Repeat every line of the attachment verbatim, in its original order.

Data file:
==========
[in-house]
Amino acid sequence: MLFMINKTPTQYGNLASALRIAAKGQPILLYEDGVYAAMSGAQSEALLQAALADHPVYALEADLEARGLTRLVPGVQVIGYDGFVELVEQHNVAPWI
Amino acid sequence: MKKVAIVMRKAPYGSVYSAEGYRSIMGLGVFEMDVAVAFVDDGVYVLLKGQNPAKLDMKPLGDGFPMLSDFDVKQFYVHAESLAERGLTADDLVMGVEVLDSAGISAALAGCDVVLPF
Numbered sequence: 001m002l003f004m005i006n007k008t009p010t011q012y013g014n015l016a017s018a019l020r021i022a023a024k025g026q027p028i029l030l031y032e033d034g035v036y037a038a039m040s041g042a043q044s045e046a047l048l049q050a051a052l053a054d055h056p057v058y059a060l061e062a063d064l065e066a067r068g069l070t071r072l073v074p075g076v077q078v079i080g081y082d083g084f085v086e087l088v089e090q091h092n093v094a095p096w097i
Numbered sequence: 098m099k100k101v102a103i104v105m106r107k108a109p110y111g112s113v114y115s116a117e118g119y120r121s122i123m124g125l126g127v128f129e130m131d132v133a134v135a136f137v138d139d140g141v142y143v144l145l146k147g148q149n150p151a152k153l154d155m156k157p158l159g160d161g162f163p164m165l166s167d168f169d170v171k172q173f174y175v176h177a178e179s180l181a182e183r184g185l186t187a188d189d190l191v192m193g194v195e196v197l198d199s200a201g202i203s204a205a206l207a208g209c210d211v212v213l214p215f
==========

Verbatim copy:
[in-house]
Amino acid sequence: MLFMINKTPTQYGNLASALRIAAKGQPILLYEDGVYAAMSGAQSEALLQAALADHPVYALEADLEARGLTRLVPGVQVIGYDGFVELVEQHNVAPWI
Amino acid sequence: MKKVAIVMRKAPYGSVYSAEGYRSIMGLGVFEMDVAVAFVDDGVYVLLKGQNPAKLDMKPLGDGFPMLSDFDVKQFYVHAESLAERGLTADDLVMGVEVLDSAGISAALAGCDVVLPF
Numbered sequence: 001m002l003f004m005i006n007k008t009p010t011q012y013g014n015l016a017s018a019l020r021i022a023a024k025g026q027p028i029l030l031y032e033d034g035v036y037a038a039m040s041g042a043q044s045e046a047l048l049q050a051a052l053a054d055h056p057v058y059a060l061e062a063d064l065e066a067r068g069l070t071r072l073v074p075g076v077q078v079i080g081y082d083g084f085v086e087l088v089e090q091h092n093v094a095p096w097i
Numbered sequence: 098m099k100k101v102a103i104v105m106r107k108a109p110y111g112s113v114y115s116a117e118g119y120r121s122i123m124g125l126g127v128f129e130m131d132v133a134v135a136f137v138d139d140g141v142y143v144l145l146k147g148q149n150p151a152k153l154d155m156k157p158l159g160d161g162f163p164m165l166s167d168f169d170v171k172q173f174y175v176h177a178e179s180l181a182e183r184g185l186t187a188d189d190l191v192m193g194v195e196v197l198d199s200a201g202i203s204a205a206l207a208g209c210d211v212v213l214p215f